While personal experiences undoubtedly fueled her interest in disaster response, Mazereeuw believes it’s a topic that everyone should be concerned with. And while urban infrastructure plays a major role in disasters, she says most architecture schools don’t seem to pay serious attention to disaster preparedness and recovery. “It seems surprising to me that our profession doesn’t get more involved in this kind of research,” she says.

There’s a cyclical pattern to disaster response. The immediate aftermath of an event sees the most attention and funding, Mazereeuw says. But after that comes a longer rebuilding and recovery period, and eventually a process of preparing for the next disaster. The Urban Risk Lab focuses on the rebuilding and preparation stages. That’s also the time when citizens are least likely to care about disasters, and governments least willing to invest—and another reason for the lab’s multipurpose approach.

The lab tested PrepHub 2.0 by Building 10 during MIT’s Cambridge centennial. The blue light would turn red in an emergency.

In 2016 the lab won an MIT IDEAS Global Challenge grant to apply the ­PrepHub concept to Nepal, where water sanitation is a key issue not only in disasters but also in day-to-day life. Rather than building standalone hubs, the researchers are focusing on strengthening existing community spaces: shelters called ­paatis, which are small public pavilions that serve as gathering sites in the Kathmandu Valley, with many offering public access to drinking water. “There is a community that’s already caring for them, so the kind of social structure that we’re looking for already exists,” she explains.

Partnering with a nongovernmental organization called Lumanti, they have spent time testing water samples for contamination and meeting with local communities. The goal of the project is not only to preserve paatis but to help them evolve by incorporating new technologies like water filtration systems and communication technologies.

When emergency technologies are embedded into everyday objects, they’re more likely to be used in a crisis.

A multiyear project in Shizugawa, Japan, has focused on planning and design workshops with local residents around tsunami recovery, resulting in new master plans and a community shelter. The lab has also worked with the World Bank on a project to evaluate evacuation systems in Haiti. And research scientist Aditya Barve, SM ’13, and research associate Mayank Ojha, SM ’16, are leading a project with support from the Tata Center for Technology and Design to improve affordable housing in India, which is facing a massive housing crisis as its population expands and grows more urban; currently millions of Indians live in unregulated, overcrowded settlements that lack clean water and durable shelter. Government-­built housing is often constructed to replace these slums, but the cookie-cutter apartment towers don’t allow residents to set up stores and workshops to supplement their income, or expand their living space if their families grow. Housing that doesn’t serve a community well could leave people economically and socially vulnerable. Barve and Ojha are developing a decision-support system for planning housing projects with the help of data that local governments have collected about residents, such as their socioeconomic status and family size. Their proposed system of modularly designed housing could provide both the durability of a housing project and the customization of a self-built settlement.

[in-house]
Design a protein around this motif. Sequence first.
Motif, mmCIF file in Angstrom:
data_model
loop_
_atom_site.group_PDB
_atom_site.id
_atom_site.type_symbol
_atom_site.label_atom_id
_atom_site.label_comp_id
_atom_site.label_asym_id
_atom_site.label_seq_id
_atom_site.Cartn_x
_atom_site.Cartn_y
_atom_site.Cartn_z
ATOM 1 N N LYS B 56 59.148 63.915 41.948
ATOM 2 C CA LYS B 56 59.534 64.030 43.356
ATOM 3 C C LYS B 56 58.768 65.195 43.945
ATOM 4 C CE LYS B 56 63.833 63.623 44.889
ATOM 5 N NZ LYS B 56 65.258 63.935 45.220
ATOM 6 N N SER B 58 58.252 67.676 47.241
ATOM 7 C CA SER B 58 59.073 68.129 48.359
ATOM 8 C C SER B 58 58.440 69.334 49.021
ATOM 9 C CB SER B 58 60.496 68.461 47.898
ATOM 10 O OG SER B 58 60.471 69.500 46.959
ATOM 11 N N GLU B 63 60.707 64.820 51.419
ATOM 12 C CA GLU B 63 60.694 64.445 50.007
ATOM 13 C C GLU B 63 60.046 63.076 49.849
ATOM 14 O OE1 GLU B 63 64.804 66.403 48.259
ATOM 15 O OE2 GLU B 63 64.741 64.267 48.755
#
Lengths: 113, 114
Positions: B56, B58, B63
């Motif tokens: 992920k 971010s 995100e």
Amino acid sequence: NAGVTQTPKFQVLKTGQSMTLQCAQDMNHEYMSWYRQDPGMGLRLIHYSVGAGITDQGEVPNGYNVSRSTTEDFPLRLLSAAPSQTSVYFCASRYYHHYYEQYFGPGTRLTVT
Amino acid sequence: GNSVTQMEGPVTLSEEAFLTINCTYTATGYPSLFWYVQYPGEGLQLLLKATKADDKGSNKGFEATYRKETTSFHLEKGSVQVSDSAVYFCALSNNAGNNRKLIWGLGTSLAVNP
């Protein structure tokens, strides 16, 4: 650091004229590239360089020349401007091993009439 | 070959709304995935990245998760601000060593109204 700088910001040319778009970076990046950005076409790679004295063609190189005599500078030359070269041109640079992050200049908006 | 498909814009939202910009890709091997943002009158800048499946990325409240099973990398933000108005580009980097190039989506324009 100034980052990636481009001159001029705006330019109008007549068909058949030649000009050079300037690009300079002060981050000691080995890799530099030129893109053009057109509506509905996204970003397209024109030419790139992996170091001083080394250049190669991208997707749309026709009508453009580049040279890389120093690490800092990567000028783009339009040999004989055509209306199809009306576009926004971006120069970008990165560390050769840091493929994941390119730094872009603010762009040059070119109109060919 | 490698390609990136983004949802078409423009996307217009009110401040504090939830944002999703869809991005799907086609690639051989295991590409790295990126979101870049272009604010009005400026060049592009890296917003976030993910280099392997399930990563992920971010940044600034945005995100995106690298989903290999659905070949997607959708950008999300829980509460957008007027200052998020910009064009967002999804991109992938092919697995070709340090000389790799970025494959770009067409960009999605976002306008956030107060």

Ojha, like many of the lab’s members, opted not to join an urban design firm in order to do work that could have a broader impact. Mazereeuw, he says, puts an emphasis on outreach. “We love this hands-on approach—getting out there, doing surveys, and doing a lot of prototyping with the stakeholders we have,” he says. The lab’s projects begin with extensive time on location. “In all of our research, we have local partners,” says Mazereeuw, who has worked hard to win funding to send lab members and students to locations around the globe for opportunities to learn from different contexts and cultures. She also brings the lab’s approach into the curriculum, co-teaching a class that asks students to research and design projects for environmentally vulnerable areas (this year’s class focused on South Florida).

In her own travels, Mazereeuw has gathered case studies on how communities around the world respond to and prepare for disasters; she’s currently working on a book that documents such efforts in countries that are part of the Pacific Ring of Fire, where most of the world’s earthquakes occur. While her preoccupation with disasters and crises used to puzzle her colleagues, growing concerns about the hazards of climate change have helped bring more people around to her way of seeing the world. “Now I feel that it’s a more common language,” she says, “but it’s still a lot of investment for cities for the ‘what if.’” That’s why the lab’s approach to design may offer lessons for dealing with climate change: prepare for an uncertain future by enhancing the everyday.